You were the first man that I ever loved.
You were supposed to be my protector and shield against all the big, bad things that the world had in store. You used to cradle me, sing lullabies, when I was gently pulling at my eyelashes – that’s how you knew I was tired. You used to encourage my reading habits, though you moaned and groaned about the number of books I carried home each week. After one particularly bad fight, you came to my room and held me as hot tears streaked down my face and said, “Don’t worry, baby. It’ll be okay.” It’s the only time that I can remember you calling using such a nickname to describe me.
Not even when I came to the house crying on prom night, you asked me if my date had done anything to me and I told you no because nothing happened, you didn’t press the issue, didn’t comfort me any further. Guess by that time I was too old. But where were you for the others that actually did hurt me to ask that same question?
I wonder why you left. If you couldn’t handle it, why couldn’t you just say that? It would’ve been much easier than just to leave without an explanation, absolutely helpless as I try to tell others that you’ve been away for so long because … I don’t have an answer. I can make excuses that stretch as far as the moon and beyond, but the truth is there is no good one to justify why you left me. Not one that’s enough to convince me or anyone else.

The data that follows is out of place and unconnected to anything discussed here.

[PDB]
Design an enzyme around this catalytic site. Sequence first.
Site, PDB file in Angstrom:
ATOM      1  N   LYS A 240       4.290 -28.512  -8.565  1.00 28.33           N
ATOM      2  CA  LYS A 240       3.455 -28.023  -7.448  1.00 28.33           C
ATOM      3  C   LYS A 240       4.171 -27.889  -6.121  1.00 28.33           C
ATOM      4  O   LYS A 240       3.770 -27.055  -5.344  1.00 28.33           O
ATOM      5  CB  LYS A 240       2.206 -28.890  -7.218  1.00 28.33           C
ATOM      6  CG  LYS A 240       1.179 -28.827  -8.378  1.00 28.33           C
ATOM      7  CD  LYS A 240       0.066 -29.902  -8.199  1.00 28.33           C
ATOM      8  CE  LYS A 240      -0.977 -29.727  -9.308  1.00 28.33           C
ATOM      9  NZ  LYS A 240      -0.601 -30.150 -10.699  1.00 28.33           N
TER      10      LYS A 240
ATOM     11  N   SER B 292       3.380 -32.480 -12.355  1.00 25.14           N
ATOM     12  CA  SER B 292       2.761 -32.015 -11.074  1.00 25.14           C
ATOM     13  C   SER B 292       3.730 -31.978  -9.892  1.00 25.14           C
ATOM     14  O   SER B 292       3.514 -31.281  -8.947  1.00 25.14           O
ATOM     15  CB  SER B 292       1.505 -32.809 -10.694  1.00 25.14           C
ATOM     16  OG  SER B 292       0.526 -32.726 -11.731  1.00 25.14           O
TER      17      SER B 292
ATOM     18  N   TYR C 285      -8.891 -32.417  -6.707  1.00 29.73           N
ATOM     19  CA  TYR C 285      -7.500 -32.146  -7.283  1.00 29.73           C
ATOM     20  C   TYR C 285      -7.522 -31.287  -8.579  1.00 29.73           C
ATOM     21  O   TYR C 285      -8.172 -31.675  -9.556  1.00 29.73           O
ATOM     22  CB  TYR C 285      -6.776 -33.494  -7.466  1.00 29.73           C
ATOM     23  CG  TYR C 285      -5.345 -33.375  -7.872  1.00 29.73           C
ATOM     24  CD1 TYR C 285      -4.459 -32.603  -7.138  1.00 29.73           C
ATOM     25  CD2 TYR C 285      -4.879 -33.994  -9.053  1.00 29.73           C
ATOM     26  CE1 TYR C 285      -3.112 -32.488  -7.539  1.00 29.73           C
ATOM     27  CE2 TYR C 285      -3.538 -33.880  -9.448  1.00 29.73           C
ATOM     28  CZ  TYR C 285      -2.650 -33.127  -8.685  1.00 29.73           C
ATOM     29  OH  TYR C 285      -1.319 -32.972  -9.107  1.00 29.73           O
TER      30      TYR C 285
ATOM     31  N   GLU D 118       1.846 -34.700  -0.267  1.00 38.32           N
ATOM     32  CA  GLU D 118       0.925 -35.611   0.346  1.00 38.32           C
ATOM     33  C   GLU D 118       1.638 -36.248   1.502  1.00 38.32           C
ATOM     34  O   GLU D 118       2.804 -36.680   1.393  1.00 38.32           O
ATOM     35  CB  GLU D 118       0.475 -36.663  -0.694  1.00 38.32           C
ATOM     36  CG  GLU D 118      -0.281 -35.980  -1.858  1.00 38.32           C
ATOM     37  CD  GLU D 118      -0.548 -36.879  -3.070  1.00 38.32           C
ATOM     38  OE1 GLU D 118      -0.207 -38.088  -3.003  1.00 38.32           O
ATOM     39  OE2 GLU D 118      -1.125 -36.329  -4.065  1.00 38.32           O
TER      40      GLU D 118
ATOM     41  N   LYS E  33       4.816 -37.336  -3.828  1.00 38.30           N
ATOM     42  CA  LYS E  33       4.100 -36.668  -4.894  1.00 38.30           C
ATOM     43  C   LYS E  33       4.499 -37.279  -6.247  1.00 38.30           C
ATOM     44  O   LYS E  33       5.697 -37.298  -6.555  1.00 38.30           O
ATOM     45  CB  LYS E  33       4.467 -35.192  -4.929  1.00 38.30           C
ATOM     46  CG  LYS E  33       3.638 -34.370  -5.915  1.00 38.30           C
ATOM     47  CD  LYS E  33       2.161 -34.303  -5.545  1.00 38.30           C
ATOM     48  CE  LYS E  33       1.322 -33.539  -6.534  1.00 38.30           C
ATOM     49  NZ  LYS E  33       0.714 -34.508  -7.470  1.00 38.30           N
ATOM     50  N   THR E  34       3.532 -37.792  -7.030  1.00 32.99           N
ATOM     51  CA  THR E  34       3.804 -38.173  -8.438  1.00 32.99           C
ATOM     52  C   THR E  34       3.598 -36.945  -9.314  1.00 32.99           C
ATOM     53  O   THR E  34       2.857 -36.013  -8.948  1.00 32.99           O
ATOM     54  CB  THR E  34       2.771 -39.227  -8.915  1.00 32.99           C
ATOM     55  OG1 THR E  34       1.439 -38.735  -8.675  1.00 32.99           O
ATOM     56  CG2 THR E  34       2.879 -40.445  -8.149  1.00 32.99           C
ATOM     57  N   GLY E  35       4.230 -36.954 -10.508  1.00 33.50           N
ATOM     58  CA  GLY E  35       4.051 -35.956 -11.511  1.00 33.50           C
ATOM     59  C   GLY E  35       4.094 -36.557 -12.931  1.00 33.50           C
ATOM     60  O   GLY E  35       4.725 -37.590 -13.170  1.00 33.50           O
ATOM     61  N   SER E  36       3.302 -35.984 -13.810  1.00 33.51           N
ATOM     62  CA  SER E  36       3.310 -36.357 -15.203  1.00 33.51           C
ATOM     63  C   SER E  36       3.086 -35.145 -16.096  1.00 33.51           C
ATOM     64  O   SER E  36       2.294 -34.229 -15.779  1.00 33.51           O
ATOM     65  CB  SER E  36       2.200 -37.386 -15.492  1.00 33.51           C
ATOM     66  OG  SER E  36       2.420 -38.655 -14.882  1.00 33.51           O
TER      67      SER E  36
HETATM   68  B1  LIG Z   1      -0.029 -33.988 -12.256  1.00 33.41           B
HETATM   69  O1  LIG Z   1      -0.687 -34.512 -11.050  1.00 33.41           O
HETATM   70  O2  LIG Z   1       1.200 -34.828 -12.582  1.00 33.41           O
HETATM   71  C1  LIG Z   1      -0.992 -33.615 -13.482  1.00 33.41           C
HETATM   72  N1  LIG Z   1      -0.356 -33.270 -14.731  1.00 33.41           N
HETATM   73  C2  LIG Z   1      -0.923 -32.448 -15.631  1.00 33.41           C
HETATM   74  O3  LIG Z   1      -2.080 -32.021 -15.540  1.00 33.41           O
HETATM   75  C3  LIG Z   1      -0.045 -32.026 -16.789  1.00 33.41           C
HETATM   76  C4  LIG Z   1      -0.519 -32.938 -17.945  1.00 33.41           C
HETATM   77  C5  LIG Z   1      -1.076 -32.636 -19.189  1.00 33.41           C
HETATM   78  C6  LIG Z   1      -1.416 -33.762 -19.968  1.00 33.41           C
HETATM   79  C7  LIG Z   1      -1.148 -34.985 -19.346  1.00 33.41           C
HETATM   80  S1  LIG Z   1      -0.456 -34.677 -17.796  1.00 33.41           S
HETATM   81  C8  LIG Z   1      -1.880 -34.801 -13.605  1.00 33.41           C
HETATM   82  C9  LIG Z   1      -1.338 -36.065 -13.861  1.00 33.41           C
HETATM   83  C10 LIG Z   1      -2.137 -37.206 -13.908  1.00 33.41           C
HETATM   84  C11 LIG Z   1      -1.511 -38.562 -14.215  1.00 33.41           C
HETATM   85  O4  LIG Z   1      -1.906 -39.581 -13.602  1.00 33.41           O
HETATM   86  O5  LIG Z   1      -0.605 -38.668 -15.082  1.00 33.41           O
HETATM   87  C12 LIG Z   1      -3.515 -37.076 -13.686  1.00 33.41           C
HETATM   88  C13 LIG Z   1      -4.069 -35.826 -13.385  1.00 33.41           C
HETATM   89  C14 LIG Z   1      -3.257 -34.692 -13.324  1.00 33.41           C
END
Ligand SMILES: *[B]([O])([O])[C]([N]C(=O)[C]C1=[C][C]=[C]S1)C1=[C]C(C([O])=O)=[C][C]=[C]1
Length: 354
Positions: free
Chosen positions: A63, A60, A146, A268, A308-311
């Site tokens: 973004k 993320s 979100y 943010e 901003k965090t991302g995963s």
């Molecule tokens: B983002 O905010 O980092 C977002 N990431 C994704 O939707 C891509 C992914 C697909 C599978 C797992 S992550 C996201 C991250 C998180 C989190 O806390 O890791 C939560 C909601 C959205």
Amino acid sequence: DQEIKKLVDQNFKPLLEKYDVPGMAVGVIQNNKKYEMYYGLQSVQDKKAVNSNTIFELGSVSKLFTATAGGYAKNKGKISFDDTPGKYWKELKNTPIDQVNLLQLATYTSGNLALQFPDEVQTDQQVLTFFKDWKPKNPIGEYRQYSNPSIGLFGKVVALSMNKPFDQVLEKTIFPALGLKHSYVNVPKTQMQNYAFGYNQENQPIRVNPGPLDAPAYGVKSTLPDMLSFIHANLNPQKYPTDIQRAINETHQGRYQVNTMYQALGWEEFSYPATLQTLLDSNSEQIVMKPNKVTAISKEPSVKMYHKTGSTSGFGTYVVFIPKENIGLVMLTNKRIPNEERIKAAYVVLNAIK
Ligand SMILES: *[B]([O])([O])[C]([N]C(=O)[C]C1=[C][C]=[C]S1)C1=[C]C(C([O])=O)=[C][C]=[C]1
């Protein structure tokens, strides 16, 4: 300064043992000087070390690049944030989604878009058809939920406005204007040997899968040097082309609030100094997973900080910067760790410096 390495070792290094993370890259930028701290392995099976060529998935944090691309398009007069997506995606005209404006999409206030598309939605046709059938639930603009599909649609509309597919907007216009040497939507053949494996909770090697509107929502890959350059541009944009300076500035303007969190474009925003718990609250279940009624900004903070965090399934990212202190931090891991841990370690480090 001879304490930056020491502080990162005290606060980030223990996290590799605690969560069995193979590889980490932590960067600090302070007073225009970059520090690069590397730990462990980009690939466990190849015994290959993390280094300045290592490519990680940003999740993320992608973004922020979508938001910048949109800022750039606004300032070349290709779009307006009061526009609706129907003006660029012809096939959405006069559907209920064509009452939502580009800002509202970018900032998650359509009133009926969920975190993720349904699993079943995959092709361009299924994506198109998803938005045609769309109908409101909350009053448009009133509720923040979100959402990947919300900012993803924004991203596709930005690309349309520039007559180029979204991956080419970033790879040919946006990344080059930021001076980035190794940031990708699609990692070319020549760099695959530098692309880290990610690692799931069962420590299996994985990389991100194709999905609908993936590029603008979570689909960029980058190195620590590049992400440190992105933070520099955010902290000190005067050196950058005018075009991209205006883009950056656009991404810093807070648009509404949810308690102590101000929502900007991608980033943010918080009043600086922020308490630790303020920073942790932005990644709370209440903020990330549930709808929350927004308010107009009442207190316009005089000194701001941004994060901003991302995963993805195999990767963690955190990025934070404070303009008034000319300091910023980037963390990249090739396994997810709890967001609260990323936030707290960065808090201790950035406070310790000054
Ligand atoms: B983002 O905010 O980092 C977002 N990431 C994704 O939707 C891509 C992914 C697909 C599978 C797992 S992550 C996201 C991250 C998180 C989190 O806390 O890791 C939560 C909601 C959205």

You can paint the picture as bleakly as you want, but I can too. I know what happened through my experiences and my emotions. That’s all I can attest to because it’s all that I have. It’s all that I’ve had for years – my imagination has to fill in the rest for what your reasoning(s) must have been. It all circles back to he’s just not that into you.
Maybe it’s too hard looking at me and being reminded of the past and the failures and the hurts, but what about my pain? All that communicated to me was that you were more concerned with alleviating you own pain and discomfort over mine because you held yourself in higher regard – you just don’t love me enough.
I want – truly, need – to be able to say “I love you” to a man that I care and mean it earnestly, but the relationship that the we had leaves me wondering if you couldn’t love me enough to stick around, how would I ever be able to make another man believe that I love him too? How could I ever convince another man not to leave me for deep-seated issues that I can’t even understand myself that manifest in ways that continually keep him at bay? I fear that I will always hold someone new at leg’s length to keep him from getting too close. I put my guard up immediately, won’t allow myself to begin to crack through that wall. I can count on half a hand those that I’ve let in and they’ve barely scaled the first floor of the castle I’ve built – though I doubt they realize that. I’m unsure if my heart could handle two heartbreaks of this magnitude.
So now I’m left trying to figure out this love thing on my own with advice from others who’ve kinda been there but don’t understand – they’re just as lost as I am. I have no great love to base any subsequent relationships off of; instead, I stumble through, getting a little better as I move through each one. They can’t comprehend; I can’t fully explain. There are so many layers to this onion that as soon as one is peeled off, seven more follow in its place, jumbling everything into one big mess.